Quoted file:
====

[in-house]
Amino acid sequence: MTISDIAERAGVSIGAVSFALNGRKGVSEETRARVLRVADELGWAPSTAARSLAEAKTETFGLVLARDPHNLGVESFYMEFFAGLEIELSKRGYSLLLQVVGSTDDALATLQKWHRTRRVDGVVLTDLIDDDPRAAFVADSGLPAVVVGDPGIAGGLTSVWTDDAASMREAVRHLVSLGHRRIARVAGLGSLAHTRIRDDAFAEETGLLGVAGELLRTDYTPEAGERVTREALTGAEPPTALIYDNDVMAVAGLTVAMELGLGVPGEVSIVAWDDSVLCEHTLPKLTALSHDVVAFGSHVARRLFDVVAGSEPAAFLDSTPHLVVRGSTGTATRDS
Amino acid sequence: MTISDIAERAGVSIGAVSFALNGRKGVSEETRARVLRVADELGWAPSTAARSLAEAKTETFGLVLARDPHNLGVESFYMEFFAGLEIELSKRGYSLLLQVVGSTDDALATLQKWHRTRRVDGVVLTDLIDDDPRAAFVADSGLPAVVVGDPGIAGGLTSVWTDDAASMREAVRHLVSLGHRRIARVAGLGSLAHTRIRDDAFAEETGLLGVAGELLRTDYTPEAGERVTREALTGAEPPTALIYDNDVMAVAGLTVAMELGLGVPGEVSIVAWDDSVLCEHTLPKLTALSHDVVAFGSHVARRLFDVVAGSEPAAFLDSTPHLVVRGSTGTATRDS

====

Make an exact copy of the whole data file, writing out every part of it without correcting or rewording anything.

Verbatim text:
[in-house]
Amino acid sequence: MTISDIAERAGVSIGAVSFALNGRKGVSEETRARVLRVADELGWAPSTAARSLAEAKTETFGLVLARDPHNLGVESFYMEFFAGLEIELSKRGYSLLLQVVGSTDDALATLQKWHRTRRVDGVVLTDLIDDDPRAAFVADSGLPAVVVGDPGIAGGLTSVWTDDAASMREAVRHLVSLGHRRIARVAGLGSLAHTRIRDDAFAEETGLLGVAGELLRTDYTPEAGERVTREALTGAEPPTALIYDNDVMAVAGLTVAMELGLGVPGEVSIVAWDDSVLCEHTLPKLTALSHDVVAFGSHVARRLFDVVAGSEPAAFLDSTPHLVVRGSTGTATRDS
Amino acid sequence: MTISDIAERAGVSIGAVSFALNGRKGVSEETRARVLRVADELGWAPSTAARSLAEAKTETFGLVLARDPHNLGVESFYMEFFAGLEIELSKRGYSLLLQVVGSTDDALATLQKWHRTRRVDGVVLTDLIDDDPRAAFVADSGLPAVVVGDPGIAGGLTSVWTDDAASMREAVRHLVSLGHRRIARVAGLGSLAHTRIRDDAFAEETGLLGVAGELLRTDYTPEAGERVTREALTGAEPPTALIYDNDVMAVAGLTVAMELGLGVPGEVSIVAWDDSVLCEHTLPKLTALSHDVVAFGSHVARRLFDVVAGSEPAAFLDSTPHLVVRGSTGTATRDS